Rubrics Part 4: The Course Development Process

Rubrics are an integrated part of an assessment system and must be accounted for in the development process.  Whether you are working in a traditional classroom or creating online courses, rubrics must not be left until the end of course development.


Rubrics at and Hekademia use a custom points scheme to determine the score of a student’s work.  Recall from “Rubrics Part 2”, that the number of criteria multiplied by the points for each criterion determines the total points available on the rubric and the total points available for the assignment.  Therefore, if you are working in an online environment with a Learning Environment (LE), rubrics must be created before a score is assigned to the activity because the scores must align in the dropbox folder and grade book for that assignment. If a score for a dropbox or grade item is arbitrarily assigned before the rubric is created, the scores from the criterion are unlikely to align, and the dropbox and grade item will have to be re-vised. This can be especially difficult if the course has launched and rubrics are being implemented as a post-launch task.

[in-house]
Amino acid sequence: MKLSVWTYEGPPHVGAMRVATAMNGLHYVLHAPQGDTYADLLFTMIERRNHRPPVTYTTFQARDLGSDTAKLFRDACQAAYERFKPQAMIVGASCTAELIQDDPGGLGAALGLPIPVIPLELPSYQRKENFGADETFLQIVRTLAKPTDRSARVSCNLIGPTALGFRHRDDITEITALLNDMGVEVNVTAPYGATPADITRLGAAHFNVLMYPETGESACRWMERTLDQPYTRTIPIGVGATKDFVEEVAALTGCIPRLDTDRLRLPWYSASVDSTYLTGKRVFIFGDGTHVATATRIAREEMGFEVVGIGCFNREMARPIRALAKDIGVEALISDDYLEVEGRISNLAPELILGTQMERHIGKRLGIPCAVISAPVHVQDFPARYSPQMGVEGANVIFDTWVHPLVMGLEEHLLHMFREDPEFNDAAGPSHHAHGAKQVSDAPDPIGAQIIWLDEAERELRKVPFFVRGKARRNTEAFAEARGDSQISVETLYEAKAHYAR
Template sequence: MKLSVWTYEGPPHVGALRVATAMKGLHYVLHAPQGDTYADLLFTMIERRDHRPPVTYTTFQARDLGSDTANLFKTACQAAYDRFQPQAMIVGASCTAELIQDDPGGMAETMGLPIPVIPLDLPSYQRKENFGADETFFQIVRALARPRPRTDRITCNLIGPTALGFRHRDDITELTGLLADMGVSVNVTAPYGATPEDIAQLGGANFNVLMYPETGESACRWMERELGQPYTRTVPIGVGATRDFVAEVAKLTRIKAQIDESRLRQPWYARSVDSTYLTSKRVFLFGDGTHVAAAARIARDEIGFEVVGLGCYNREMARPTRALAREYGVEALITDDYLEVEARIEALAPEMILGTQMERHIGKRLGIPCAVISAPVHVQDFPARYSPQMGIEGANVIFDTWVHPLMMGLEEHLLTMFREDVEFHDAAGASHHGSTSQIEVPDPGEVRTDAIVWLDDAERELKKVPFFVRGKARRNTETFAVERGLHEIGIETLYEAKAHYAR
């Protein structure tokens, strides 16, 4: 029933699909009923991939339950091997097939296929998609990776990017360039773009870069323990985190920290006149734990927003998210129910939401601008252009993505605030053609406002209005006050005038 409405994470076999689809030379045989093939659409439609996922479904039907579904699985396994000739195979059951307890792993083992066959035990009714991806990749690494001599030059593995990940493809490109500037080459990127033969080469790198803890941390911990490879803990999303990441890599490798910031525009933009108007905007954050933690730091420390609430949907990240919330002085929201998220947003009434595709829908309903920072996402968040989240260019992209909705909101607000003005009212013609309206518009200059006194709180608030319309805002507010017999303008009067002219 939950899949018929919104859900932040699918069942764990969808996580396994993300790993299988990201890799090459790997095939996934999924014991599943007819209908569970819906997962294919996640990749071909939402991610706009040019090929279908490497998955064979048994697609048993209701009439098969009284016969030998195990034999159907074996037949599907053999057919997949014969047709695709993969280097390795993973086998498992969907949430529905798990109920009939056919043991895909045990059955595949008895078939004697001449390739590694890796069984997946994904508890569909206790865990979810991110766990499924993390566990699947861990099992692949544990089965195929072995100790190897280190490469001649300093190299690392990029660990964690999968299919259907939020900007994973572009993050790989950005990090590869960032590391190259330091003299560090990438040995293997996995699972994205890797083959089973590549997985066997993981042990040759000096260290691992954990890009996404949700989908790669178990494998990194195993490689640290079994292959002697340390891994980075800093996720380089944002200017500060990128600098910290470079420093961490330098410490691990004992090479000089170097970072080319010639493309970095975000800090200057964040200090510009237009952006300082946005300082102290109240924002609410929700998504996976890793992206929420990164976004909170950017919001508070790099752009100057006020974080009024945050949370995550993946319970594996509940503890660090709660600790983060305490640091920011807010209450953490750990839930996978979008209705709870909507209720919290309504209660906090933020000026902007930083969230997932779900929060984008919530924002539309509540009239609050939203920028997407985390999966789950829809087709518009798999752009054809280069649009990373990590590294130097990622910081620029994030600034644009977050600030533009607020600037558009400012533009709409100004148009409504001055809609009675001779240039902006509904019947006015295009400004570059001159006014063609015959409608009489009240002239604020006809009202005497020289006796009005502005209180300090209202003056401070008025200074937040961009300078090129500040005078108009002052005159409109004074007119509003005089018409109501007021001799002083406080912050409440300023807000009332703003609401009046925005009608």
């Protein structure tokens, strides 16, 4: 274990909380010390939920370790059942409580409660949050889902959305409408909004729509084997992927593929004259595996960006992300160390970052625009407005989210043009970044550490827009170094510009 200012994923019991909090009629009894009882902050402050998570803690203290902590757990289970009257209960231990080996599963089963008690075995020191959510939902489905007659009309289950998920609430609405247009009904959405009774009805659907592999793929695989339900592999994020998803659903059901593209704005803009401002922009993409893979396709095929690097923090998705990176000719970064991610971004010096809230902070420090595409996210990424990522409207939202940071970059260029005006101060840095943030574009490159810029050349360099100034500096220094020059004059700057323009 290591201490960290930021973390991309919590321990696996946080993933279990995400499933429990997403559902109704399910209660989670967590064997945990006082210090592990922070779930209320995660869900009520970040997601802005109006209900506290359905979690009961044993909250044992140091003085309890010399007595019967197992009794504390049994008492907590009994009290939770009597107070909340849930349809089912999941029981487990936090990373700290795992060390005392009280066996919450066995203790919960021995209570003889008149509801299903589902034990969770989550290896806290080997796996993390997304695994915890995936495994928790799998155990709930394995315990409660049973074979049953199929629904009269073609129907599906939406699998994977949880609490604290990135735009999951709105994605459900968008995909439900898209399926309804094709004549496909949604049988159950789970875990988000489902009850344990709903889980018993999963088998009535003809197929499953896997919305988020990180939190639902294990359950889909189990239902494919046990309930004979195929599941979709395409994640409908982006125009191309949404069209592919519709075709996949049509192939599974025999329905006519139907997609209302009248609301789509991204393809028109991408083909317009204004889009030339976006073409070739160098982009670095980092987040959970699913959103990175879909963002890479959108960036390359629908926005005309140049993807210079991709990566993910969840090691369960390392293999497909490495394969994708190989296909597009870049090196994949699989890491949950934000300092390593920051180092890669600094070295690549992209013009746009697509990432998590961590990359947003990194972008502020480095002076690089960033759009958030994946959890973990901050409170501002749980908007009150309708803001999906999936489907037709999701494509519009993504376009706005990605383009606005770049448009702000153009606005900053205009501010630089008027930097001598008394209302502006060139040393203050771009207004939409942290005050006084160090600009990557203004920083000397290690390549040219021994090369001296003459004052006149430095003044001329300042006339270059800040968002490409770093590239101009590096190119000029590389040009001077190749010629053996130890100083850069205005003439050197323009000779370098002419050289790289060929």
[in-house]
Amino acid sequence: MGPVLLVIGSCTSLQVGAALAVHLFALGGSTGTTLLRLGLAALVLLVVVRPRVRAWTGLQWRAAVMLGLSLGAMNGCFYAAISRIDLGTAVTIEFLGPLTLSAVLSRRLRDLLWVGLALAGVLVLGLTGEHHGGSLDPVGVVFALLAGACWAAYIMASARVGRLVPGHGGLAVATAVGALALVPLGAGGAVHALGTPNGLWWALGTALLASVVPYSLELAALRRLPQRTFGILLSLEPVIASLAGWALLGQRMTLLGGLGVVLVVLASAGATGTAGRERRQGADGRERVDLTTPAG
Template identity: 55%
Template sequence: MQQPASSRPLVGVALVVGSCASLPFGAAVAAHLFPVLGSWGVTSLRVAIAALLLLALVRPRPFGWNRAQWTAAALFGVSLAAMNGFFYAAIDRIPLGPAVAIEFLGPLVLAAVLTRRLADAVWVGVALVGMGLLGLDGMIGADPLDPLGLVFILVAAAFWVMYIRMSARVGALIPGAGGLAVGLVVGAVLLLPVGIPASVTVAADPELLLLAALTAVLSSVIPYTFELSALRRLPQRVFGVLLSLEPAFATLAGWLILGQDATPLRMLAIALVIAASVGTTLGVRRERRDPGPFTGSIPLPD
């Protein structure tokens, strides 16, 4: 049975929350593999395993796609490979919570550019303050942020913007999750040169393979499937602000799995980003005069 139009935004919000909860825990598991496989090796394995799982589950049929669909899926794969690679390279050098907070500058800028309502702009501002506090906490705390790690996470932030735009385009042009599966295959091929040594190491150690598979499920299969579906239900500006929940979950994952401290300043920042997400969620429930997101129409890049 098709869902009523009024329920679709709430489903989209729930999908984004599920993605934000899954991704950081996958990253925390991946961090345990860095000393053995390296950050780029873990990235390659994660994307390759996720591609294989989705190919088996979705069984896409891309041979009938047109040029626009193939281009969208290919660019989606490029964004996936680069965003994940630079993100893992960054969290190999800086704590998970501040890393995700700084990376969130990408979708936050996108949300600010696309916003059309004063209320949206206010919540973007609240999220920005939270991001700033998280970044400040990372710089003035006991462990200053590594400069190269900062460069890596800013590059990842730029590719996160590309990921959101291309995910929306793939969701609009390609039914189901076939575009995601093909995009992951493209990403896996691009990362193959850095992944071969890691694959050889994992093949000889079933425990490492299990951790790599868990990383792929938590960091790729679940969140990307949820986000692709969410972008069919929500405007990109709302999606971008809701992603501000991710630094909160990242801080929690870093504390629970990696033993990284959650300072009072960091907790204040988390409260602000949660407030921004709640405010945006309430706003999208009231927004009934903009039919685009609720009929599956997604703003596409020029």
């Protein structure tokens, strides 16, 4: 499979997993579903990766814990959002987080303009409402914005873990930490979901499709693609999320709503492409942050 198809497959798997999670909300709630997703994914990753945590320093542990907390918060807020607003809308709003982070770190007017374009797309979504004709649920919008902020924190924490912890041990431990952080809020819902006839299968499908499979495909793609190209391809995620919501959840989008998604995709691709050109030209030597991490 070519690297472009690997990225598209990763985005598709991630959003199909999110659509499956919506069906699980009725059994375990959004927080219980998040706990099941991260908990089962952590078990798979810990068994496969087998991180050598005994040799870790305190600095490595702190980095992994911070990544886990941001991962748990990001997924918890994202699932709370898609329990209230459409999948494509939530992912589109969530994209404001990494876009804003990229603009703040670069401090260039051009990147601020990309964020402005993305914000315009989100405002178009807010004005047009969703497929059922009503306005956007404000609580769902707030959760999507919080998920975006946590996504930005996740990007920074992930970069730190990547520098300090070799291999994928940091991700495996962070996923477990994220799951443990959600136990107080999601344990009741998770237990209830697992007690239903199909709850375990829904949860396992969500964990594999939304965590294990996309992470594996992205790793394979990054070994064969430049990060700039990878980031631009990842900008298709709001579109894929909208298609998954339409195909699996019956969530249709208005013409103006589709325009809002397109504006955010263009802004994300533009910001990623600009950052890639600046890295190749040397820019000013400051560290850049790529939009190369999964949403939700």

Similarly, if you are working in a traditional classroom, the rubrics must be created before the assignment is delivered to the students, so that the grading scheme for the assignment is available.

Practical reasons aside, it is still important to develop rubrics during the course development process and not after. The purpose of rubrics is to make the assessment process transparent and to make clear to students the expectations for an assignment.  With this in mind, rubrics should be regarded as a tool for determining the overall score of an assignment, and not as an after thought.


Creating rubrics is a complex task and is best done with the support of colleagues, department heads, and a rubric specialist at your institution.  Have someone you trust review the rubric for pedagogical issues, content area issues, and for spelling and grammar.

If you have any questions or comments about this post or rubrics in general, leave a message in the comments below, find me on twitter @TonyStecca, or email me at

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